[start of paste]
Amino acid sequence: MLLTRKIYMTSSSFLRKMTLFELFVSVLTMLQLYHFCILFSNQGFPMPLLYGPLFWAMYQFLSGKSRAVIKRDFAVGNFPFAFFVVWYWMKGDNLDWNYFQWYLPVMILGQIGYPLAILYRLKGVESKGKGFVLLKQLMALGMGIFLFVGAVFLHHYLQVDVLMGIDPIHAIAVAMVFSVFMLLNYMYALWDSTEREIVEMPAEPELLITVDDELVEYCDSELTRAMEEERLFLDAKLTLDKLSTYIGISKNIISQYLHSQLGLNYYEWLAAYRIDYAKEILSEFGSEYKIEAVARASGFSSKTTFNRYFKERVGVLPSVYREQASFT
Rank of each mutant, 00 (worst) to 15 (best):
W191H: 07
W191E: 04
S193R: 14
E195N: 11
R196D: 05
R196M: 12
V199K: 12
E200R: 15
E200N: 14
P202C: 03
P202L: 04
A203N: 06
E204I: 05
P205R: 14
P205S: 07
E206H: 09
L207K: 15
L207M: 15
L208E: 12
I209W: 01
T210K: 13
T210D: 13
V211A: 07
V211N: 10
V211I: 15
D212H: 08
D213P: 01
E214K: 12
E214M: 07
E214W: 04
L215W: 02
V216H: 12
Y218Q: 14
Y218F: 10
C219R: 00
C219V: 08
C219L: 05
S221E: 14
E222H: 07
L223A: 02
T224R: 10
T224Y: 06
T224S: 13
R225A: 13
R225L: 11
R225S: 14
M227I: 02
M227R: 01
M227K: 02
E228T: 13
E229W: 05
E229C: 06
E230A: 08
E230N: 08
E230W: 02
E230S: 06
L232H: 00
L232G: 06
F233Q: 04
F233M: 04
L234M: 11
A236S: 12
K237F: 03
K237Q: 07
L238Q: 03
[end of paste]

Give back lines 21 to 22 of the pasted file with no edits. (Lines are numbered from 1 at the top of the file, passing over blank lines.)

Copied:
L208E: 12
I209W: 01